We need to change the way we do financial regulation
In between pondering the potentially disastrous consequences of Italy entering the ‘Danger Zone‘ on their debt yields, I have been thinking more about what I wrote on Monday about financial regulation. There is a kind of basic dilemma that is very difficult to avoid; we tell banks that they must have this much capital or this many liquid assets, but what are the consequences if they don’t? Well, the whole point of a rule is that it needs to be enforced. The banks must be induced to have at least x% Tier-1 capital, or a y% liquidity coverage ratio, by creating consequences if they don’t. But in order for the consequences to be an incentive against breaking the ratio, they must be bad consequences for the bank (otherwise there is no inducement). Regulatory rules such as capital ratios may increase stability during normal times, but can end up destabilising financial institutions when they are at their most fragile.
Simply put, if you have a rule then there have to repurcussions for breaking it (otherwise, why not break it?). But the times when the banks are put under pressure by the rule is exactly the time you least want them to have to take some kind of prompt corrective action. Financial markets in a world with leverage and maturity transformation have some inherently unstable features, and we need to come up with regulatory mechanisms that counteract rather than compound those instabilities.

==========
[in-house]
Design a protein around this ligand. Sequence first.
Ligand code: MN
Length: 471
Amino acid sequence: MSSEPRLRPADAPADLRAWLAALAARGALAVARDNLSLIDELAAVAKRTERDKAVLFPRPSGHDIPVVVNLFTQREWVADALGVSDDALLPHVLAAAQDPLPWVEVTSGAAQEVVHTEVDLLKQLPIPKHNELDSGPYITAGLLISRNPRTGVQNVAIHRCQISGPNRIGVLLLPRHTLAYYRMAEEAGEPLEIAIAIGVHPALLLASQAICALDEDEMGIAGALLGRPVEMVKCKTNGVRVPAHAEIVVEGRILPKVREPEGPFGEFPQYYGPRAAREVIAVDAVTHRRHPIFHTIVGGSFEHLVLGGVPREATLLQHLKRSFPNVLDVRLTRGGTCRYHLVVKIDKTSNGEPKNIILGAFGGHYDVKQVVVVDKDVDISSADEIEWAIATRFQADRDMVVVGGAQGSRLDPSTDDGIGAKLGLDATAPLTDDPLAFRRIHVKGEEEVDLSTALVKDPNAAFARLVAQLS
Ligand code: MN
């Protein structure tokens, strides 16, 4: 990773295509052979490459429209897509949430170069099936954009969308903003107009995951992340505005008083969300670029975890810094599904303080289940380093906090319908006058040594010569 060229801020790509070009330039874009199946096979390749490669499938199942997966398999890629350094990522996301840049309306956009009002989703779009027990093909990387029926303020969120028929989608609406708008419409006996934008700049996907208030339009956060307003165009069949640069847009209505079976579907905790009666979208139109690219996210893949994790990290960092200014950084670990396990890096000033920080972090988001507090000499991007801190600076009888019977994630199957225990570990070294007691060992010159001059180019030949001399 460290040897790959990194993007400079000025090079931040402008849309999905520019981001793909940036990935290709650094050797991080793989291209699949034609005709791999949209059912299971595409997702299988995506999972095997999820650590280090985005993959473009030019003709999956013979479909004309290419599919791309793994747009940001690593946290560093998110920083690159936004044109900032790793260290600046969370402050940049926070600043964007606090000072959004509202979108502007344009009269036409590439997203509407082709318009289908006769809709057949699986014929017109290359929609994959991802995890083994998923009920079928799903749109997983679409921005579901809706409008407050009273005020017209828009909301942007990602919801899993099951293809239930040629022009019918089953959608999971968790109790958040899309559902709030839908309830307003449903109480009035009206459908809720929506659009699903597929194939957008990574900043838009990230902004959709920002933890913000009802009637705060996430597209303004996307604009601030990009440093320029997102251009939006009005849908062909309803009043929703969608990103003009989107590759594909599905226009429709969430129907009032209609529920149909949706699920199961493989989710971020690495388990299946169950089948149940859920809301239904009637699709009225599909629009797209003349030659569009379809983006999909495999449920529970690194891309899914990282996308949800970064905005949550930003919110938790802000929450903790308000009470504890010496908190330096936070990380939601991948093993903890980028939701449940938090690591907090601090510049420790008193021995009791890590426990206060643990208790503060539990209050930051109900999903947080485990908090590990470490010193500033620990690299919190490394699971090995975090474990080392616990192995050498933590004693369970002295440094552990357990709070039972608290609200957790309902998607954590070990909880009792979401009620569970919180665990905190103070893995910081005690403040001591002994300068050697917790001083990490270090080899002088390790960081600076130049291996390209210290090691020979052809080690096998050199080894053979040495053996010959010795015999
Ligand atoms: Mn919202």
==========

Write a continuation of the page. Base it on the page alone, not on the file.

As I said on Monday, I do think a CoCo-type plan has promise (more on that here) because the mechanism that kicks in when the rule is broken looks to be stabilising whilst also punishing the bank’s shareholders. I shall continue to ponder.